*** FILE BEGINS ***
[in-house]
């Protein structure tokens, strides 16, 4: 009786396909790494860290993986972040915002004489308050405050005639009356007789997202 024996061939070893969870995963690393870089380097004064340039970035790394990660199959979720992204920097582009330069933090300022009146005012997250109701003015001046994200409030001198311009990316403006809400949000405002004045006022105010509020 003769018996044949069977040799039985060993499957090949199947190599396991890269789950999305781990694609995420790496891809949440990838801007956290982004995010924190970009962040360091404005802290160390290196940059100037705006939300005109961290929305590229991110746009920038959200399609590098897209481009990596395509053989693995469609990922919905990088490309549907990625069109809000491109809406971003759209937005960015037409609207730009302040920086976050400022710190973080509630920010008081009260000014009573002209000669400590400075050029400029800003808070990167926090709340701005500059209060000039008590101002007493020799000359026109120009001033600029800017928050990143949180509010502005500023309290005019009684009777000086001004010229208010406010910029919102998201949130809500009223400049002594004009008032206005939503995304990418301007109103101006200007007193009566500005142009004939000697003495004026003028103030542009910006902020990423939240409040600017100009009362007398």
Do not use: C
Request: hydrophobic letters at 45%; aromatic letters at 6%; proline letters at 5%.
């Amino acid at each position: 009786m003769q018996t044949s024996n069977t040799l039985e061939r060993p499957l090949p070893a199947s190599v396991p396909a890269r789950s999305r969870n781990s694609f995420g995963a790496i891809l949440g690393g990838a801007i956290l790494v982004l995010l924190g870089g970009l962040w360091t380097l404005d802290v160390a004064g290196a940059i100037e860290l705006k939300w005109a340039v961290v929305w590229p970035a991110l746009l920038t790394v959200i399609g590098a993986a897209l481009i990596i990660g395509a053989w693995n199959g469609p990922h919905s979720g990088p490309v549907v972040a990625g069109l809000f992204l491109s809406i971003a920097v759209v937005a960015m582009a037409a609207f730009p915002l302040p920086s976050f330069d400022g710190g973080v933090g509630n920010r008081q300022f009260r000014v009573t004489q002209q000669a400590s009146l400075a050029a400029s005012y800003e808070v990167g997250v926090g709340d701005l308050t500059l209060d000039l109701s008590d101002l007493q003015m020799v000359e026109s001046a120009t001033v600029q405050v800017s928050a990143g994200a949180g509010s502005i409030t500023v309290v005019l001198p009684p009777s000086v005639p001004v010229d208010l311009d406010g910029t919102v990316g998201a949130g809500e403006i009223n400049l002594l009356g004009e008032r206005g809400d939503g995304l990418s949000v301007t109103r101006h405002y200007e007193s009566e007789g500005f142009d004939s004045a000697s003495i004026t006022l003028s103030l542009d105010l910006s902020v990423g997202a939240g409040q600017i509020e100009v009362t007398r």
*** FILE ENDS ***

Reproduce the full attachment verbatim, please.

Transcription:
[in-house]
């Protein structure tokens, strides 16, 4: 009786396909790494860290993986972040915002004489308050405050005639009356007789997202 024996061939070893969870995963690393870089380097004064340039970035790394990660199959979720992204920097582009330069933090300022009146005012997250109701003015001046994200409030001198311009990316403006809400949000405002004045006022105010509020 003769018996044949069977040799039985060993499957090949199947190599396991890269789950999305781990694609995420790496891809949440990838801007956290982004995010924190970009962040360091404005802290160390290196940059100037705006939300005109961290929305590229991110746009920038959200399609590098897209481009990596395509053989693995469609990922919905990088490309549907990625069109809000491109809406971003759209937005960015037409609207730009302040920086976050400022710190973080509630920010008081009260000014009573002209000669400590400075050029400029800003808070990167926090709340701005500059209060000039008590101002007493020799000359026109120009001033600029800017928050990143949180509010502005500023309290005019009684009777000086001004010229208010406010910029919102998201949130809500009223400049002594004009008032206005939503995304990418301007109103101006200007007193009566500005142009004939000697003495004026003028103030542009910006902020990423939240409040600017100009009362007398």
Do not use: C
Request: hydrophobic letters at 45%; aromatic letters at 6%; proline letters at 5%.
């Amino acid at each position: 009786m003769q018996t044949s024996n069977t040799l039985e061939r060993p499957l090949p070893a199947s190599v396991p396909a890269r789950s999305r969870n781990s694609f995420g995963a790496i891809l949440g690393g990838a801007i956290l790494v982004l995010l924190g870089g970009l962040w360091t380097l404005d802290v160390a004064g290196a940059i100037e860290l705006k939300w005109a340039v961290v929305w590229p970035a991110l746009l920038t790394v959200i399609g590098a993986a897209l481009i990596i990660g395509a053989w693995n199959g469609p990922h919905s979720g990088p490309v549907v972040a990625g069109l809000f992204l491109s809406i971003a920097v759209v937005a960015m582009a037409a609207f730009p915002l302040p920086s976050f330069d400022g710190g973080v933090g509630n920010r008081q300022f009260r000014v009573t004489q002209q000669a400590s009146l400075a050029a400029s005012y800003e808070v990167g997250v926090g709340d701005l308050t500059l209060d000039l109701s008590d101002l007493q003015m020799v000359e026109s001046a120009t001033v600029q405050v800017s928050a990143g994200a949180g509010s502005i409030t500023v309290v005019l001198p009684p009777s000086v005639p001004v010229d208010l311009d406010g910029t919102v990316g998201a949130g809500e403006i009223n400049l002594l009356g004009e008032r206005g809400d939503g995304l990418s949000v301007t109103r101006h405002y200007e007193s009566e007789g500005f142009d004939s004045a000697s003495i004026t006022l003028s103030l542009d105010l910006s902020v990423g997202a939240g409040q600017i509020e100009v009362t007398r």